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In our nation of wealth, no one should go hungry. We call on the California Congressional Delegation to take decisive action to end hunger and advocate for policies that address the systemic poverty facing our state.
Over the past several years, the federal government has attempted to change the eligibility rules to the CalFresh program. If enacted, these rule changes would create even deeper hunger in our state. We are working to prevent them from changing.
The federal government attempted to make CalFresh a public charge which would have negatively impact immigrants ability to both enter the country or gain permanent residency / citizenship and access nutrition benefits.
In November 2020, the Ninth Circuit Court of Appeals ruled against the federal administration, halting the rule change, and concluding that the public charge rule causes financial harm to states and doesn’t promote self-sufficiency.
The chilling effect of this rule change has resulted in many immigrants relinquishing benefits and relying on food banks for groceries.
Historically, this requirement was waived in some regions hard hit by the Recession but the waivers have since expired, meaning if this rule change takes effect hundreds of thousands of Californians could soon lose their benefits.
If enacted, the rule will impact basic food assistance for an estimated 700,000 Californians that are struggling to find work. This is a cut of historic proportions, the largest since the 1996 “Welfare Reform” Act. Contrary to the USDA’s rationale, in reality, this rule does not promote self-sufficiency, wellbeing, or economic mobility. Rather it targets our community members – like veterans and the formerly incarcerated – with the greatest barriers to work by making these individuals hungrier and poorer.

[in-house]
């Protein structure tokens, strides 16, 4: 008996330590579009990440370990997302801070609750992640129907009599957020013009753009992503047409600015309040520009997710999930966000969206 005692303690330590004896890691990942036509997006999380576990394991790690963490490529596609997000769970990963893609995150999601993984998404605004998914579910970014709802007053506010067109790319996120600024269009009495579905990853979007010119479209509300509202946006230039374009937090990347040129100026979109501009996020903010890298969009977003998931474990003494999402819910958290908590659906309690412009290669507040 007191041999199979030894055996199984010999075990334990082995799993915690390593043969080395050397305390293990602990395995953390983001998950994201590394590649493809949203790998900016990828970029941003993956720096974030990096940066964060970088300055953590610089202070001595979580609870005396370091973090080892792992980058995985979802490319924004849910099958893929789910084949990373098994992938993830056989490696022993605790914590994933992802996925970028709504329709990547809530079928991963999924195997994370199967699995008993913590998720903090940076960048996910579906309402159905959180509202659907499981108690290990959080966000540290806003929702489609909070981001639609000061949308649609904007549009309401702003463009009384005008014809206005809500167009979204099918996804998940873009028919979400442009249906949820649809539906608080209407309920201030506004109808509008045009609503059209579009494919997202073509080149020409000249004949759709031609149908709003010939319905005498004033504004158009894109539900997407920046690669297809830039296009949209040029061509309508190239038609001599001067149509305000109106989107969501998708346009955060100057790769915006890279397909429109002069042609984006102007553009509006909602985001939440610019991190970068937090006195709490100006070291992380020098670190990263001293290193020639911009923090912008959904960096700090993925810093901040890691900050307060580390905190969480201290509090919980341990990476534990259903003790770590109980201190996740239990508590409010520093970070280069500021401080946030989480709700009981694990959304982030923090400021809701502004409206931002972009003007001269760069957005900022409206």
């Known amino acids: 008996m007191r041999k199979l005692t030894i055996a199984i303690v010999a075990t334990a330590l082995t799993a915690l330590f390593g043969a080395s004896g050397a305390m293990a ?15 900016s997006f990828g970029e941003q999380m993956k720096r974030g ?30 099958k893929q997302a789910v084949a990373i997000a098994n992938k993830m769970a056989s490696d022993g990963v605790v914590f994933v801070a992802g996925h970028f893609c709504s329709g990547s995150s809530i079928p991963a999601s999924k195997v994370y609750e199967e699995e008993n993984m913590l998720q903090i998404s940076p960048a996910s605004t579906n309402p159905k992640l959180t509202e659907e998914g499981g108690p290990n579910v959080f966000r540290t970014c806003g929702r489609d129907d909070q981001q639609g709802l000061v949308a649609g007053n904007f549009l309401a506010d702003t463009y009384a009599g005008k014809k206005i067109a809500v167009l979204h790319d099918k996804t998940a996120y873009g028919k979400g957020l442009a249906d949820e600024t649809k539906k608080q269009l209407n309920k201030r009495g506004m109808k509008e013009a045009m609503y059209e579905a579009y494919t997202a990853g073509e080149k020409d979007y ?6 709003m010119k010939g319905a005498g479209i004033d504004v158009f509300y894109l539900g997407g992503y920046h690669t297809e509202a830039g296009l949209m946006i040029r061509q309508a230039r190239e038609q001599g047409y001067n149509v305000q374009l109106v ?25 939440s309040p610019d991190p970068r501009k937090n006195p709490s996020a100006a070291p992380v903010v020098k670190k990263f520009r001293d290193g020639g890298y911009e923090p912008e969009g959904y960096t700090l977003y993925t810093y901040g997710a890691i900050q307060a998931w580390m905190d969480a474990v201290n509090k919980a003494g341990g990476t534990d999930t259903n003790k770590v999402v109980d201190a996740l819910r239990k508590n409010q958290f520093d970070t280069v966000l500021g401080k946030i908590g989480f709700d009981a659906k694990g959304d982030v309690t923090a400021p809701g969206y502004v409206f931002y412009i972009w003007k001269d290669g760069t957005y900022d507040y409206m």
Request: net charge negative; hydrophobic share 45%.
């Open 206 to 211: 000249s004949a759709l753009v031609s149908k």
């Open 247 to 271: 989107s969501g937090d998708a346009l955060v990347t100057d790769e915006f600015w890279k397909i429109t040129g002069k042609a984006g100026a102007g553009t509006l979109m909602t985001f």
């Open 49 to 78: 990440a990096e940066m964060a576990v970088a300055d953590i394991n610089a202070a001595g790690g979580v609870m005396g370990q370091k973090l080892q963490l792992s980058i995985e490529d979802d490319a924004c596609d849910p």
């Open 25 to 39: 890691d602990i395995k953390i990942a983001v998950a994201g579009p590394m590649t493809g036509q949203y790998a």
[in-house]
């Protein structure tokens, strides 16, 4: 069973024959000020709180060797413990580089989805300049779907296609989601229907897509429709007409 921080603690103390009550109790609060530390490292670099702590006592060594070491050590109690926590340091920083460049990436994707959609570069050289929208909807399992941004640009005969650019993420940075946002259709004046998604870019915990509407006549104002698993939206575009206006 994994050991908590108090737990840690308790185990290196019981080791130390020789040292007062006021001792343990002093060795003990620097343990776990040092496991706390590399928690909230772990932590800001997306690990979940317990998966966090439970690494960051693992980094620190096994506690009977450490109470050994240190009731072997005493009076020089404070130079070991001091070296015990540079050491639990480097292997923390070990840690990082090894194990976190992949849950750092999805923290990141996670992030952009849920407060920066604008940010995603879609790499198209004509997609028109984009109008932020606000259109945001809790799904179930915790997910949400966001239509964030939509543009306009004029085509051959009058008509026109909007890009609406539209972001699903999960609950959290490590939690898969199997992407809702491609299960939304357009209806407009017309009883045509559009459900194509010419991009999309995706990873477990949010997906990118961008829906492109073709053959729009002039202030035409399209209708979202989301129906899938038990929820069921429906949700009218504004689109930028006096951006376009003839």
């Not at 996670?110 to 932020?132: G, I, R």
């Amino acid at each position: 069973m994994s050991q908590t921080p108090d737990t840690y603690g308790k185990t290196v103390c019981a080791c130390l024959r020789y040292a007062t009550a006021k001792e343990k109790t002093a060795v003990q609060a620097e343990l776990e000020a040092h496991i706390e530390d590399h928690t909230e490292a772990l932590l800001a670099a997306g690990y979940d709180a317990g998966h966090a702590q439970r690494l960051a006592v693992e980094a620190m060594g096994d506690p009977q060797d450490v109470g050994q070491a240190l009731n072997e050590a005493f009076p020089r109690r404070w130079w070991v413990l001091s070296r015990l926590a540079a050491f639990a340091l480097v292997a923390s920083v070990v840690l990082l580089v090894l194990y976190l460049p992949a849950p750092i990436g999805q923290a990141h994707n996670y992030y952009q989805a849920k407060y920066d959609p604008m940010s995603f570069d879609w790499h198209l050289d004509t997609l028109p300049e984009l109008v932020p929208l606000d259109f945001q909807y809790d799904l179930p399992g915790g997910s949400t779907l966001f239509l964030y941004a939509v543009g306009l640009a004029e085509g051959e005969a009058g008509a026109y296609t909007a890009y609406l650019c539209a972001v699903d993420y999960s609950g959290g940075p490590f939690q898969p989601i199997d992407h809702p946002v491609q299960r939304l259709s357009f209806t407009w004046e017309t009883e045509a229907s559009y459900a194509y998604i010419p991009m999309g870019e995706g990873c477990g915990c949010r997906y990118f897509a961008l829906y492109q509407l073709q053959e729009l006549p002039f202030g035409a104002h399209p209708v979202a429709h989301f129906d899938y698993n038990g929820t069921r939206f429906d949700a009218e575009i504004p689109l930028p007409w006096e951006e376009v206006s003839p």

In November 2020, a federal judge in the District of Columbia struck down the ABAWD rule.
If Categorical Eligibility takes effect, approximately 170,000 children may lose school meals. Not only will the proposed rule change increase food insecurity and incidences of hunger among low-income working families with children, it will also exacerbate the “cliff effect” that forces families off of aid when they improve earnings before they meet their food needs.
In reality, this would force people to choose between paying their utilities and purchasing food, and disproportionately and detrimentally impact people with disabilities and older adults.
California anti-hunger advocates ask our Delegation to support bold proposals that protect and strengthen the child nutrition programs, and prioritize investments in low-income children. Any investments, however, must be made without undermining programs serving low-income communities.
Nearly half of California’s children live in or near poverty, the highest of any state. The Supplemental Nutrition Assistance Program (SNAP) is the most important child hunger program. The 2018 Farm Bill that rejected SNAP time limits for families with children and gutting Broad Based Categorical Eligibility was a key victory against childhood hunger. Yet, with so many children experiencing hunger, we cannot simply protect the status quo. Child nutrition programs have not been improved since the 2010 Healthy Hunger Free Kids Act.